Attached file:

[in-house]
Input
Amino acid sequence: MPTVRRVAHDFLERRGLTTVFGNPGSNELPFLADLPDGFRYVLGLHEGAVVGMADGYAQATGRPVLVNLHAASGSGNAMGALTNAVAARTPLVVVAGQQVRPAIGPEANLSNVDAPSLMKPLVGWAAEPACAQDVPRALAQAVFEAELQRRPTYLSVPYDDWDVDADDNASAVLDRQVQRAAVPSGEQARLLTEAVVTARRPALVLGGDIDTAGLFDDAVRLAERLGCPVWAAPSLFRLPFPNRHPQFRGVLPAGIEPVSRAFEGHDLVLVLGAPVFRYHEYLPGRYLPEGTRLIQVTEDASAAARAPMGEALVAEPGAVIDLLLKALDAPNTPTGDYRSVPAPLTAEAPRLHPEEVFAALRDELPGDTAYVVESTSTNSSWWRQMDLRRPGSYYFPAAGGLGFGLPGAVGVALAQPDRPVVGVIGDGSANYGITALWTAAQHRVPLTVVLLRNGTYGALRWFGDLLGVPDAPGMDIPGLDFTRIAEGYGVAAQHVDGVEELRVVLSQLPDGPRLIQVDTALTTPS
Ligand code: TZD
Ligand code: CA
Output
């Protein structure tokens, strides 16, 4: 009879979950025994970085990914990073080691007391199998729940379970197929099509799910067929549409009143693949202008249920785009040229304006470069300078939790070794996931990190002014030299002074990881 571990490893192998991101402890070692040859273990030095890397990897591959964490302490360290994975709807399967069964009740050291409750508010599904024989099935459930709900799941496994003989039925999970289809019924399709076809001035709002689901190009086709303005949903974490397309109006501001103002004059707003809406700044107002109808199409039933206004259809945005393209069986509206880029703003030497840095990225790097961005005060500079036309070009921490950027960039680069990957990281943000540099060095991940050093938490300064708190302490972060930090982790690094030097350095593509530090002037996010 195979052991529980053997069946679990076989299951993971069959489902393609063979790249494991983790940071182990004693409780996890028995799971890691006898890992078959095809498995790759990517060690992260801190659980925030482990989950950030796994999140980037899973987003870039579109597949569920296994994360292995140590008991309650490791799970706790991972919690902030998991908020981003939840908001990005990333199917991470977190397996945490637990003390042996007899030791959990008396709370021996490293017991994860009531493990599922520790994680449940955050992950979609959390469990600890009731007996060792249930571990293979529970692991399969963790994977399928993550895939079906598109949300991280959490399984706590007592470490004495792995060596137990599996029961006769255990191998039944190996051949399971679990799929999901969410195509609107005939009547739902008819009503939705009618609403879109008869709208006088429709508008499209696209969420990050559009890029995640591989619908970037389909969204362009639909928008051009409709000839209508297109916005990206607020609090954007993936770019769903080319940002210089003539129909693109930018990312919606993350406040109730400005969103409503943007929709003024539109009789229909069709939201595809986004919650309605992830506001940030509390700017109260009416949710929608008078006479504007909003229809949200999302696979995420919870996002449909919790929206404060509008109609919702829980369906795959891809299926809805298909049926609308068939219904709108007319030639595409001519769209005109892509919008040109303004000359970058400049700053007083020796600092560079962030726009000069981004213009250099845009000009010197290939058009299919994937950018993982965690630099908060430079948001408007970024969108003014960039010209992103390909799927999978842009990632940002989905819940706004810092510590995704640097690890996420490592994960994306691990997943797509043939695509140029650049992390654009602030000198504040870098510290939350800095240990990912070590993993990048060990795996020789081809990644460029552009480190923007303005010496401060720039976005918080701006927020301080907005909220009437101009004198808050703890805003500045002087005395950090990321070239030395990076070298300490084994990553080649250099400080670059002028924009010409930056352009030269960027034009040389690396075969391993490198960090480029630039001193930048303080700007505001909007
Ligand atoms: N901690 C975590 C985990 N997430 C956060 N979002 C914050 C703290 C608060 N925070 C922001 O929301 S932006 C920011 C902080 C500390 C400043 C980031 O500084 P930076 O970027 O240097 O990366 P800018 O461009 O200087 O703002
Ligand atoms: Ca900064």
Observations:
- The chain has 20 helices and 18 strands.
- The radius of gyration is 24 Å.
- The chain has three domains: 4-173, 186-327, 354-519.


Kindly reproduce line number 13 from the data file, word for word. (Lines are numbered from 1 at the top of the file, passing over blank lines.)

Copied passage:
- The chain has three domains: 4-173, 186-327, 354-519.